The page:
consultants are sandburs

Tuesday, October 29, 2013

The upcoming Supreme Court agenda docket.

Reuters, here.

By Lawrence Hurley and Amanda Becker

WASHINGTON | Fri Oct 4, 2013 7:54am EDT

(Reuters) - Workplace disputes pepper the docket of cases the U.S. Supreme Court will take up during a nine-month term starting on Monday, with the justices having delivered a string of victories to businesses and employers in their last term.

Organized labor will feature in two of the cases. In one, an employee seeks to limit the power of public-sector unions to collect dues. In the other, an employee aims to limit the ability of private-sector unions to sign up members.

It would constitute a significant blow to the labor movement were the court, split 5-4 between Republican and Democratic presidential appointees, to rule against the unions in both cases, legal experts say.

During the term that begins October 7 and ends in June, the nine-member court, led by Republican-appointed Chief Justice John Roberts, also will consider President Barack Obama's "recess appointments" to the National Labor Relations Board and take up the issue of whether workers at a steel plant should get paid for the time it takes to change into safety gear.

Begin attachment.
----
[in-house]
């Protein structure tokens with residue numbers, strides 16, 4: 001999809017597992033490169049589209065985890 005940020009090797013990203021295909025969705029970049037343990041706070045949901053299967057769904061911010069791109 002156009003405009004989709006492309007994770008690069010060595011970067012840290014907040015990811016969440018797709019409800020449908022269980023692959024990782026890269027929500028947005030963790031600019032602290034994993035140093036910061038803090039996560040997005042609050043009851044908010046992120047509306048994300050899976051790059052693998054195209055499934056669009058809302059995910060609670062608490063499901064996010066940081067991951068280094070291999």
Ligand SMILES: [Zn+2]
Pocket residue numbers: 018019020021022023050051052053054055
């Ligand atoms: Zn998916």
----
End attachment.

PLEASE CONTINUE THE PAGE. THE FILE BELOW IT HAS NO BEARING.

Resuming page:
[...]

Taken together, the two organized labor cases raise significant questions about union power, Harvard University Law School Professor Benjamin Sachs said.

"These are not cases about arcane rules of organizing, rules like where on an employer's property can a union talk to employees," he said. "These are cases that go to the heart of the legal regimes that are necessary to enable unionization."

In one of the union cases, Harris v. Quinn, Pamela Harris, a home-based healthcare worker, sued Illinois Gov. Pat Quinn over a state statute that requires public-sector employees to pay the portion of union dues that do not go to political activities.

Strib, on that Harris case.


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